The Federal Court has ordered Twitter to release information that could reveal the identity of the person behind a high-profile political account that attracted large audiences during the pandemic with its pro-lockdown and pro-Labor commentary.
The anonymous account is being sued for defamation by right-wing commentator Avi Yemini.
Justice Debra Mortimer on Tuesday gave the social media giant 14 days to hand the basic subscriber information of @PRGuy17, including the name and email address connected to the account, to Yemini, so he could pursue legal action.
PRGuy17 wrote in a tweet on Tuesday evening that any efforts to silence the account would grow my voice.
Some of the most important things any of us say require huge sacrifices, the tweet said.
I’m a fierce supporter of free speech — even when I disagree or my feelings are hurt — and I’ll fight for it.
I’m just getting started.
PRGuy17, whose profile photo is of The Simpsons character Troy McClure, built a following during the pandemic, often in vociferous defence of Victorian Premier Daniel Andrews and critical of various conservative political leaders and mainstream news media.
Yemini filed proceedings in the Federal Court in February, promising to unmask the identity of the Twitter account. Yemini, a journalist at far-right media outlet Rebel News, was critical of the Andrews government’s management of the pandemic and clashed with the account on Twitter.
Mortimer’s order stipulates that Twitter must also disclose the date the account was registered and known internet protocol addresses for the period from December 31, 2021, to February 11, 2022, and March 21, 2022, to May 20, 2022.
If @PRGuy17’s identity is not revealed from the registered email address or name, which could be a further pseudonym, Yemini may have to seek further court orders to force @PRGuy17’s internet service provider to hand over billing details associated with the account’s online address.
The Age and The Sydney Morning Herald have contacted @PRGuy17 for comment via direct message on Twitter, but there is no indication they have seen the message. The account had also not filed any documents with the Federal Court over the matter or nominated any legal representation.
@PRGuy17 said in a recent tweet that they worked at a cafe, and they were identified as J. M. in an online fundraiser launched last month that has raised more than $18,000.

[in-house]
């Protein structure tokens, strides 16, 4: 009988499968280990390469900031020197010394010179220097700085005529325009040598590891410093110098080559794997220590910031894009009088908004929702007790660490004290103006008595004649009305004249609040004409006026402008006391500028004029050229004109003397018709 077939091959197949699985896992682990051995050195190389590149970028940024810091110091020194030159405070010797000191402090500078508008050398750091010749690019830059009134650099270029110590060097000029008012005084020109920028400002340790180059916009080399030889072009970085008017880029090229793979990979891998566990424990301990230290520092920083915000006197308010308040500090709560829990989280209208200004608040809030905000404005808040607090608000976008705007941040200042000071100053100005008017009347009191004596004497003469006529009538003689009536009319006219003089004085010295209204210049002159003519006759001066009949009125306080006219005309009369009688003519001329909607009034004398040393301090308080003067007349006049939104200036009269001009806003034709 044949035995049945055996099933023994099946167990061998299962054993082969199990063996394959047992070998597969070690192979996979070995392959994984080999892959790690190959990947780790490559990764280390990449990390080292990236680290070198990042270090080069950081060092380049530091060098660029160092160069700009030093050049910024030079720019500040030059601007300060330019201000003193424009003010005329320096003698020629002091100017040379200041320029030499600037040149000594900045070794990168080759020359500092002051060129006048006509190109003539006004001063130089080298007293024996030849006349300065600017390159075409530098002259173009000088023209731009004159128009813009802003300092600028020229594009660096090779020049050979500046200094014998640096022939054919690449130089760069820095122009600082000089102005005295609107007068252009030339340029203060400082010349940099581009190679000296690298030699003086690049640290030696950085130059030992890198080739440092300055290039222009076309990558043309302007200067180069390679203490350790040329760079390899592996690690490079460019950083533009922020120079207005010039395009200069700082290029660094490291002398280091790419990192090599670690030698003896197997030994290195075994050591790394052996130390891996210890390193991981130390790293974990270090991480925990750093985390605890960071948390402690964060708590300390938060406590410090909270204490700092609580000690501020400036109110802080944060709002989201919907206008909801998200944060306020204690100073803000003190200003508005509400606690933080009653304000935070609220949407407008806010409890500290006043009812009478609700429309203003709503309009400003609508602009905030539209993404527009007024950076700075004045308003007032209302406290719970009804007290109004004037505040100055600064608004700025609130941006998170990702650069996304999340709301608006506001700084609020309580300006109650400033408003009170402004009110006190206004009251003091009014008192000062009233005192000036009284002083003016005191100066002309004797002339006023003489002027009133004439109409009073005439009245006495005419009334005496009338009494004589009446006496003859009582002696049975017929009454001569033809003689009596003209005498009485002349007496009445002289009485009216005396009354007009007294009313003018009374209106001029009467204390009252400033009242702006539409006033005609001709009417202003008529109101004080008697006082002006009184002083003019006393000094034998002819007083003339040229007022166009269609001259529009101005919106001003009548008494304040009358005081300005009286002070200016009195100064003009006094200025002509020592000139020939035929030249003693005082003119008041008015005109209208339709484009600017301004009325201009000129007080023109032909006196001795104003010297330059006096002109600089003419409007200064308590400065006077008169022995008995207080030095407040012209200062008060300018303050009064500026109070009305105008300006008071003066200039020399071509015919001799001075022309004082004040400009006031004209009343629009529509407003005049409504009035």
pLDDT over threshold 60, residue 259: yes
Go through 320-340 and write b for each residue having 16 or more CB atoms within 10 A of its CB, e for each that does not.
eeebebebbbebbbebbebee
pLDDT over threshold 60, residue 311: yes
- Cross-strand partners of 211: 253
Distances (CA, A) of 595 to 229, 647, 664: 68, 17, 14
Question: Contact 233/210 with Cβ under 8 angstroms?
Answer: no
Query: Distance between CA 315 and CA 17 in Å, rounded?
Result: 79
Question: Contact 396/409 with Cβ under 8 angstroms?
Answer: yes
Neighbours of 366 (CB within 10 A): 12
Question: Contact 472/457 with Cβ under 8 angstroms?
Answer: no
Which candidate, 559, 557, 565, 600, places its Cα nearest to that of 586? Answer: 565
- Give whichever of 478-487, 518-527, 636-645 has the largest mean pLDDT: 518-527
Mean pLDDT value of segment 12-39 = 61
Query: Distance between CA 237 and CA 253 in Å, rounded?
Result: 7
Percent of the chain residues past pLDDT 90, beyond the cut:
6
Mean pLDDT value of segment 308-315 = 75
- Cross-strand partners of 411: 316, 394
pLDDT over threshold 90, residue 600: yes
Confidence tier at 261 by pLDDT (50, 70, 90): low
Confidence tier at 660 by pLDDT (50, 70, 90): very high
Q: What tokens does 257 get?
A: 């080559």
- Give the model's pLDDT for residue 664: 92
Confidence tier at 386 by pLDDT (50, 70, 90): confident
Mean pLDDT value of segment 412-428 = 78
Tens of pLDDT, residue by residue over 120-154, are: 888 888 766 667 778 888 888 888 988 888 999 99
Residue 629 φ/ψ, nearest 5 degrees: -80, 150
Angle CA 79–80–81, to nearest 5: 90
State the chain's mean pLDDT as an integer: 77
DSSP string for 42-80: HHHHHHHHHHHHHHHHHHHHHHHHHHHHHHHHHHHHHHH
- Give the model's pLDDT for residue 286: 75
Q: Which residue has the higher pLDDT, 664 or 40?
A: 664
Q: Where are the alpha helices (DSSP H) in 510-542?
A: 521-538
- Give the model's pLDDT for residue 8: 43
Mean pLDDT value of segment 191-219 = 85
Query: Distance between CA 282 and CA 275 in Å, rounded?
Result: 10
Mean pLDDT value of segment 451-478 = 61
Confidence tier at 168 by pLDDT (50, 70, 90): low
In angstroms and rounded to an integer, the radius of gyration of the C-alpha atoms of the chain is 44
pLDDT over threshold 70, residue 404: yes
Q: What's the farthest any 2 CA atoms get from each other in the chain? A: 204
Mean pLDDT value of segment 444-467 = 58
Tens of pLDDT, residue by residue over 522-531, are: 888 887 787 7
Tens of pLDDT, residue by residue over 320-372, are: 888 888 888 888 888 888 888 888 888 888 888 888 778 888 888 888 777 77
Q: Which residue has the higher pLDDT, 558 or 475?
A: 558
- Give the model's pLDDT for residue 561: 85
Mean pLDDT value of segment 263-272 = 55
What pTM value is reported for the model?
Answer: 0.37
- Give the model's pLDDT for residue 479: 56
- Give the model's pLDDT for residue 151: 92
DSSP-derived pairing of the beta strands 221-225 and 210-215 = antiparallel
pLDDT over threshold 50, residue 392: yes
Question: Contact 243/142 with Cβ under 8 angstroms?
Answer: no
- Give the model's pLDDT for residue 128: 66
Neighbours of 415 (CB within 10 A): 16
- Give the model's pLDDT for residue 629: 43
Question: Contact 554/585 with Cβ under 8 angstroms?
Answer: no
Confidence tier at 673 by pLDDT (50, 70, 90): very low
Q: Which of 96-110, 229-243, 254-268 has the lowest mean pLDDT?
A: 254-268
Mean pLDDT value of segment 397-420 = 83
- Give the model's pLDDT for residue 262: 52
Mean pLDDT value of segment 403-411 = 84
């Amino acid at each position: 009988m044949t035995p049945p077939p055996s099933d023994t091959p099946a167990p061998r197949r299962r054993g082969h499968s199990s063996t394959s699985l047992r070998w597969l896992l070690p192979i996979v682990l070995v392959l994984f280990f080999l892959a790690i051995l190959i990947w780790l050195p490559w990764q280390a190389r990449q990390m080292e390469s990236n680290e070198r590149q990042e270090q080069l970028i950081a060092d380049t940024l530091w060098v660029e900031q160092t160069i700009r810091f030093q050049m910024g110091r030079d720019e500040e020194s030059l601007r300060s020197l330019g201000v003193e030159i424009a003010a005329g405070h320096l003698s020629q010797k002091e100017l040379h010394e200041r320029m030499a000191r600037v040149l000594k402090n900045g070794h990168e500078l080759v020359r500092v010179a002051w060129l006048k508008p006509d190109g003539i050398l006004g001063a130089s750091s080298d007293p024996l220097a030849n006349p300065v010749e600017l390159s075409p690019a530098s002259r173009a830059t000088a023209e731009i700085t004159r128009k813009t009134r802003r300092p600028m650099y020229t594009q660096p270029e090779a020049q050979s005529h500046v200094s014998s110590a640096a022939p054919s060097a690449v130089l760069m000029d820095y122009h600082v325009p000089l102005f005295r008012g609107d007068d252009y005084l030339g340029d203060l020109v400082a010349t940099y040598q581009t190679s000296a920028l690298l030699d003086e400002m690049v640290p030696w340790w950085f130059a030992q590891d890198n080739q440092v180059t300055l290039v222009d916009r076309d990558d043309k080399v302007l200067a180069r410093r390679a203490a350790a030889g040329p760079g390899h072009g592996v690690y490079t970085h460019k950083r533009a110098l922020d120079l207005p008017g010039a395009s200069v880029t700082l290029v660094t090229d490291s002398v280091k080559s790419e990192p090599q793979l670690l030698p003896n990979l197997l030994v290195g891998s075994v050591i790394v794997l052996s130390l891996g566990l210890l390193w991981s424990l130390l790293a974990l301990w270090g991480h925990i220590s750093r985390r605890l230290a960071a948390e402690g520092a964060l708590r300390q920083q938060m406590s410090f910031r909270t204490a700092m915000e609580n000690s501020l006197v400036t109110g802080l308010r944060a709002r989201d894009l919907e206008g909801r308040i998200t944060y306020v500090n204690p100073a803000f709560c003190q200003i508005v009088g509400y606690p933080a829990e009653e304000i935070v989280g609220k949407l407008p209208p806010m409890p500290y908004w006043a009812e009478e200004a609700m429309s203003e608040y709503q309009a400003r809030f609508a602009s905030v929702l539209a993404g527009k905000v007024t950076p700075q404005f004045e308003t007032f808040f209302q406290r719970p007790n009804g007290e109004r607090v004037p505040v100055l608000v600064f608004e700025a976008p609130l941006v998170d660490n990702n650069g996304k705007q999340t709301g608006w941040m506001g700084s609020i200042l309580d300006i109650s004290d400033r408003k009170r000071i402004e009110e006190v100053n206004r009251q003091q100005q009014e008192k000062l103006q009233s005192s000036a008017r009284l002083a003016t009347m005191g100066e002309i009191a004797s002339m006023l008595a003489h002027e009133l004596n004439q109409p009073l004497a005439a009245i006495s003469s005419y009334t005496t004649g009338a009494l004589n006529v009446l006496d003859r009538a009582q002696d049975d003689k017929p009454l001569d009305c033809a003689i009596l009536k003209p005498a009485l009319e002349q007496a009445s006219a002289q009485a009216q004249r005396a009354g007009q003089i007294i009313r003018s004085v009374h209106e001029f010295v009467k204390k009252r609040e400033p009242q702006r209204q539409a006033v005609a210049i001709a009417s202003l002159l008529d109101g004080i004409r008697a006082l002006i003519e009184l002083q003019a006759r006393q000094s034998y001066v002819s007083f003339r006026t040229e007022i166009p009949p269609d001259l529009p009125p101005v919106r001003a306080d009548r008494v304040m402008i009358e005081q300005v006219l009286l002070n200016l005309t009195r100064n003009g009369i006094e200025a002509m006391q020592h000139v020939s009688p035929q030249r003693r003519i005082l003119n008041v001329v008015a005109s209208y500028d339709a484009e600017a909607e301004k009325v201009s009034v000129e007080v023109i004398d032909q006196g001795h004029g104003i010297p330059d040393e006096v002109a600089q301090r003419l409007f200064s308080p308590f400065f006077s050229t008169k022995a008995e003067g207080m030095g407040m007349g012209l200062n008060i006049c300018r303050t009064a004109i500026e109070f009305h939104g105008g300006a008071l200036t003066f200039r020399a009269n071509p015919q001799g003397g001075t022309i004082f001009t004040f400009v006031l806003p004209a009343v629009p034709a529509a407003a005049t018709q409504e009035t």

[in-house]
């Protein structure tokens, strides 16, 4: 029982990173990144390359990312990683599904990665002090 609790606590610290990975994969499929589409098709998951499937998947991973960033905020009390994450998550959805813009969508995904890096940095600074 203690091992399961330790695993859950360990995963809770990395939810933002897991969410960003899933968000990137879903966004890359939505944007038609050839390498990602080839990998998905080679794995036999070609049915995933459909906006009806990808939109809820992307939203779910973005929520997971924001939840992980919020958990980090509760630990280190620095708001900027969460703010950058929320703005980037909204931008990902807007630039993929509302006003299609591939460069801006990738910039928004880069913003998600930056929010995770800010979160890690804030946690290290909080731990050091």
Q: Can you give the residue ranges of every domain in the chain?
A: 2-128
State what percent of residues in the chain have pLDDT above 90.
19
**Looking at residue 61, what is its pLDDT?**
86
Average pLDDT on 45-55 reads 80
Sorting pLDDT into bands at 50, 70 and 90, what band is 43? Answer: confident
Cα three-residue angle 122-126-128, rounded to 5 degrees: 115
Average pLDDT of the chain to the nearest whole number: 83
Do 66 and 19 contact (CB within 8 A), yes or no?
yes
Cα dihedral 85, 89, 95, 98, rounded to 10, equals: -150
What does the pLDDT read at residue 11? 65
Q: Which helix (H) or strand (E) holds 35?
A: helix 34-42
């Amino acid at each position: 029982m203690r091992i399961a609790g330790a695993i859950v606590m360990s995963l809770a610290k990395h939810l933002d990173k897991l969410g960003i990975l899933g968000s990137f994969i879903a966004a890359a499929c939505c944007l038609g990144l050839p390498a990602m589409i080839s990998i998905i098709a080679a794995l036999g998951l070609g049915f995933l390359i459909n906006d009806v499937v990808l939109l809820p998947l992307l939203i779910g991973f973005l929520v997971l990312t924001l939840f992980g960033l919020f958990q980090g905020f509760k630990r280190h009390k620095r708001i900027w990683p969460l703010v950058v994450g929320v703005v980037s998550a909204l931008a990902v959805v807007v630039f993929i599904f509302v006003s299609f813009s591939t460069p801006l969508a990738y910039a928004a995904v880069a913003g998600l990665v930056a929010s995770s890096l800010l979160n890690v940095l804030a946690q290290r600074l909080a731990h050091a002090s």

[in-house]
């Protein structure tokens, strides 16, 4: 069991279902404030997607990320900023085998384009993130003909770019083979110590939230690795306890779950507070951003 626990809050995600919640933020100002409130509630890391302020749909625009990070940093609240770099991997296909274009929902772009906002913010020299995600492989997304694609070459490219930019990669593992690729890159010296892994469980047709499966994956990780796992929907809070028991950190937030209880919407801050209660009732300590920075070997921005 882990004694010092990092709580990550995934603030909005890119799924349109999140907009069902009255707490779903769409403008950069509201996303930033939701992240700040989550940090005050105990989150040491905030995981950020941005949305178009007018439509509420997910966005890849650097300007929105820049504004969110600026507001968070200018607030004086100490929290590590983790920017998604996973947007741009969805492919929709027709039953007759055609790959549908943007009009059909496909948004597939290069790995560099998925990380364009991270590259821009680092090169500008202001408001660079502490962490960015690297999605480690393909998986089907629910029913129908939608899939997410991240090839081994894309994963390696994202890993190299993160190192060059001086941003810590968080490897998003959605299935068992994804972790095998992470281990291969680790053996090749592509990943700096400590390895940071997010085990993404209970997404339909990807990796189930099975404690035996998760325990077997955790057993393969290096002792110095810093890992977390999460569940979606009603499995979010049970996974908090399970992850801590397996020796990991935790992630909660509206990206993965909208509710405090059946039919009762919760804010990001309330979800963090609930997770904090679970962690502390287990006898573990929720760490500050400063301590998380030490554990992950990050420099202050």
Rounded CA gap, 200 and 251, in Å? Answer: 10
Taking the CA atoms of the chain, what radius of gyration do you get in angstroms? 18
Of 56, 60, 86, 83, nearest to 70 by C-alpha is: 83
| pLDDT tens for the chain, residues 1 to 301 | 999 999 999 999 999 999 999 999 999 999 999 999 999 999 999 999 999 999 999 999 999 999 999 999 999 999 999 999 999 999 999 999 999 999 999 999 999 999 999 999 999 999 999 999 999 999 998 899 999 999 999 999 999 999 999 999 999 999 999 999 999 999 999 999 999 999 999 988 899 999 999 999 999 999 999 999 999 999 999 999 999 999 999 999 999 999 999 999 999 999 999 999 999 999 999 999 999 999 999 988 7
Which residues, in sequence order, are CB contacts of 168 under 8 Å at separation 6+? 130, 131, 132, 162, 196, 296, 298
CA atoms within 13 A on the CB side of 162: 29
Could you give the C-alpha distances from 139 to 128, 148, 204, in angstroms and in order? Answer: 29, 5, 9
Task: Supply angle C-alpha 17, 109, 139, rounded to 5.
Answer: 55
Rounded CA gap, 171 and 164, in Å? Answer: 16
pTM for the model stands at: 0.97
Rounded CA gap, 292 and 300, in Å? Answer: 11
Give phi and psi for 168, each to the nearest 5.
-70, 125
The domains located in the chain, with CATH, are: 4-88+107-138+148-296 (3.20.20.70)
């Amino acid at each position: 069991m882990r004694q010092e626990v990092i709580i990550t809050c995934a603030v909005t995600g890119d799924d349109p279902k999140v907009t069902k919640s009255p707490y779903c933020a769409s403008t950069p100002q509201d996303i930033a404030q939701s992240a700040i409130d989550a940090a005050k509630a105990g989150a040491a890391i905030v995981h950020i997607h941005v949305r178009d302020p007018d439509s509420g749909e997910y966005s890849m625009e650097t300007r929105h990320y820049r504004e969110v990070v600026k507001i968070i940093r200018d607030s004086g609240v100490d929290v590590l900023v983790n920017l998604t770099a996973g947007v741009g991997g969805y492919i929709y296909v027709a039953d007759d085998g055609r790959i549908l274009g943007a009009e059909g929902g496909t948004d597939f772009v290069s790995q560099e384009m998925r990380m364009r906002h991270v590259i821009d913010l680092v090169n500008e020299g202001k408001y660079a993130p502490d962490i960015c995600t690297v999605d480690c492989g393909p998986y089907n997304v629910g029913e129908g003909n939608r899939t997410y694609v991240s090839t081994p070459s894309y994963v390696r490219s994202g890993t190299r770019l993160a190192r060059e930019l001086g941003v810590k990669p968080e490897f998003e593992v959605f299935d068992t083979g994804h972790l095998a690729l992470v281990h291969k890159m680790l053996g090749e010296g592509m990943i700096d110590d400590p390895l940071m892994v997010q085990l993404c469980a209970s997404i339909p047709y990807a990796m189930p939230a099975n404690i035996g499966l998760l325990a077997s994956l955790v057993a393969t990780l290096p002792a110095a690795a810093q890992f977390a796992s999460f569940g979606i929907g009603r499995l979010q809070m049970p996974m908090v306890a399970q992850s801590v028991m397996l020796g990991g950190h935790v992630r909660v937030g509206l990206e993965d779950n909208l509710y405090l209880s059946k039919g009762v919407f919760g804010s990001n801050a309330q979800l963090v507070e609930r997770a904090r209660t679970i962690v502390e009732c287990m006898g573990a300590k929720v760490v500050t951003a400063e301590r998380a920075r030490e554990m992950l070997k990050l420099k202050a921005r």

Labor-linked lobbying firm Hawker Britton has claims that one of its staffers is PRGuy17.
Twitter, which consented to the Federal Court orders, declined to comment via a spokesman.
Yemini told The Age and The Sydney Morning Herald he believed the order was a win for transparency because the account often posted messages about political issues in Victoria.
I think it’s a win for Victorians to finally know who is behind this account which controlled the entire conversation about Daniel Andrews and the Labor government on Twitter, he said.
The confines of free speech doesn’t give you the right to hide behind a fake profile to defame or do a lot of the things that PRGuy has done. It doesn’t stop the consequence of your actions.
Yemini has pledged to bring a defamation suit against the account holder, but can’t do it until he knows their identity. Twitter previously told the court it would not hand over user details without an order.
Yemini has a long history as a fringe provocateur, including calling himself a Jewish Nazi in what he later claimed was a joking barb at left-wing intolerance. He has been fundraising off his stoush, urging supporters to tip into a legal fund.
@PRGuy17 and Yemini traded barbs in tweets on the platform over the Andrews government’s approach to the pandemic.
It is not the first time plaintiffs have attempted to unmask the identity of online users who have posted negative messages, comments or reviews about them.
In March 2021, gangland lawyer after the Federal Court dismissed her bid to force the search engine giant to reveal who was behind negative online reviews.
And in June 2020, Northcote dentist Matthew Kabbabe compelled the search engine to hand over data to help identify an anonymous reviewer called CBsm 23.
University of Sydney media law professor David Rolph said court rules to identify people potentially subject to a defamation claim were long-established and increasingly used to penetrate social media pseudonyms.
These steps where you have to take court action to unmask the user responsible for the content are occurring with increasing frequency, Rolph said.
Billionaire entrepreneur Elon Musk, who has agreed to buy Twitter but is now backpedalling from the deal, has mused about requiring all users to authenticate that they are real people in an effort to crack down on spam accounts.
However, it is not clear if that would force users to publicly identify their real names.
Yemini has not yet filed the defamation claim.
with Jackson Graham
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